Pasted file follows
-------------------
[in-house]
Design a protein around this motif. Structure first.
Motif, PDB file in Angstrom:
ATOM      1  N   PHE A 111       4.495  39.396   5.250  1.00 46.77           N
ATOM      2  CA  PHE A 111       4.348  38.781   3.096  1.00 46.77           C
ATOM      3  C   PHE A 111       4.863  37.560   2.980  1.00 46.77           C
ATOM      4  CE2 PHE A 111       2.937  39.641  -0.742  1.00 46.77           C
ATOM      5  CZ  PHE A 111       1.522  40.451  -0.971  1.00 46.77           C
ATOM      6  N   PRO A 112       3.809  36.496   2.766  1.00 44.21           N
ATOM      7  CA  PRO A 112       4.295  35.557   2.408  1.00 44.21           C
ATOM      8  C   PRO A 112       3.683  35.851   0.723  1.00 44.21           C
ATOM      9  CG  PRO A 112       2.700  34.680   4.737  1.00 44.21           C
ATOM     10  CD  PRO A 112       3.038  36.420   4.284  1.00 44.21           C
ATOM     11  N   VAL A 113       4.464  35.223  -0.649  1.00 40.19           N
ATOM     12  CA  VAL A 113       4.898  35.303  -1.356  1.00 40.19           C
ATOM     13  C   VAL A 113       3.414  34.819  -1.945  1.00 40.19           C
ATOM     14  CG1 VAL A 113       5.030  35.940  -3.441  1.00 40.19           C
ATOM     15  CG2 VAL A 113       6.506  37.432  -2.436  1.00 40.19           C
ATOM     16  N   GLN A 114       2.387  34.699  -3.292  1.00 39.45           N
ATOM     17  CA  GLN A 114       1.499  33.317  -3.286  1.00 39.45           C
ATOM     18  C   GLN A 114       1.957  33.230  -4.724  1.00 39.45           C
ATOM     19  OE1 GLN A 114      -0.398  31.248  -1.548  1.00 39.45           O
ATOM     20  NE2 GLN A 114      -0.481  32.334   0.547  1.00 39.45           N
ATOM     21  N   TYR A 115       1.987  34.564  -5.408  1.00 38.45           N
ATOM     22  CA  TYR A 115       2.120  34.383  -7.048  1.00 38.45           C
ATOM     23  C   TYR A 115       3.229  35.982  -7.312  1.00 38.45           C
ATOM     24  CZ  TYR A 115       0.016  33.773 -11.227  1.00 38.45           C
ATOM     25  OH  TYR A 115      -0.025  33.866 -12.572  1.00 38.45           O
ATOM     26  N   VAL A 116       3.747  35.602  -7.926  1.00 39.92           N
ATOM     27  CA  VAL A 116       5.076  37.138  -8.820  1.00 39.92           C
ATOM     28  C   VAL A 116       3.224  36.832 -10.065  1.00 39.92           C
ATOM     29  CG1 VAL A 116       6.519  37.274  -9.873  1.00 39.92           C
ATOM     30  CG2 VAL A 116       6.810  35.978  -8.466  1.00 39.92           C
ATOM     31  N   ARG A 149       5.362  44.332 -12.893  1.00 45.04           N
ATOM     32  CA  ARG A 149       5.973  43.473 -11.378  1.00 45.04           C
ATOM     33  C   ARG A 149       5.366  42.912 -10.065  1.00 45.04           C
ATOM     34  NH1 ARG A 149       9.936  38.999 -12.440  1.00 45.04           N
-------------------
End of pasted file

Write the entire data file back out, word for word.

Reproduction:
[in-house]
Design a protein around this motif. Structure first.
Motif, PDB file in Angstrom:
ATOM      1  N   PHE A 111       4.495  39.396   5.250  1.00 46.77           N
ATOM      2  CA  PHE A 111       4.348  38.781   3.096  1.00 46.77           C
ATOM      3  C   PHE A 111       4.863  37.560   2.980  1.00 46.77           C
ATOM      4  CE2 PHE A 111       2.937  39.641  -0.742  1.00 46.77           C
ATOM      5  CZ  PHE A 111       1.522  40.451  -0.971  1.00 46.77           C
ATOM      6  N   PRO A 112       3.809  36.496   2.766  1.00 44.21           N
ATOM      7  CA  PRO A 112       4.295  35.557   2.408  1.00 44.21           C
ATOM      8  C   PRO A 112       3.683  35.851   0.723  1.00 44.21           C
ATOM      9  CG  PRO A 112       2.700  34.680   4.737  1.00 44.21           C
ATOM     10  CD  PRO A 112       3.038  36.420   4.284  1.00 44.21           C
ATOM     11  N   VAL A 113       4.464  35.223  -0.649  1.00 40.19           N
ATOM     12  CA  VAL A 113       4.898  35.303  -1.356  1.00 40.19           C
ATOM     13  C   VAL A 113       3.414  34.819  -1.945  1.00 40.19           C
ATOM     14  CG1 VAL A 113       5.030  35.940  -3.441  1.00 40.19           C
ATOM     15  CG2 VAL A 113       6.506  37.432  -2.436  1.00 40.19           C
ATOM     16  N   GLN A 114       2.387  34.699  -3.292  1.00 39.45           N
ATOM     17  CA  GLN A 114       1.499  33.317  -3.286  1.00 39.45           C
ATOM     18  C   GLN A 114       1.957  33.230  -4.724  1.00 39.45           C
ATOM     19  OE1 GLN A 114      -0.398  31.248  -1.548  1.00 39.45           O
ATOM     20  NE2 GLN A 114      -0.481  32.334   0.547  1.00 39.45           N
ATOM     21  N   TYR A 115       1.987  34.564  -5.408  1.00 38.45           N
ATOM     22  CA  TYR A 115       2.120  34.383  -7.048  1.00 38.45           C
ATOM     23  C   TYR A 115       3.229  35.982  -7.312  1.00 38.45           C
ATOM     24  CZ  TYR A 115       0.016  33.773 -11.227  1.00 38.45           C
ATOM     25  OH  TYR A 115      -0.025  33.866 -12.572  1.00 38.45           O
ATOM     26  N   VAL A 116       3.747  35.602  -7.926  1.00 39.92           N
ATOM     27  CA  VAL A 116       5.076  37.138  -8.820  1.00 39.92           C
ATOM     28  C   VAL A 116       3.224  36.832 -10.065  1.00 39.92           C
ATOM     29  CG1 VAL A 116       6.519  37.274  -9.873  1.00 39.92           C
ATOM     30  CG2 VAL A 116       6.810  35.978  -8.466  1.00 39.92           C
ATOM     31  N   ARG A 149       5.362  44.332 -12.893  1.00 45.04           N
ATOM     32  CA  ARG A 149       5.973  43.473 -11.378  1.00 45.04           C
ATOM     33  C   ARG A 149       5.366  42.912 -10.065  1.00 45.04           C
ATOM     34  NH1 ARG A 149       9.936  38.999 -12.440  1.00 45.04           N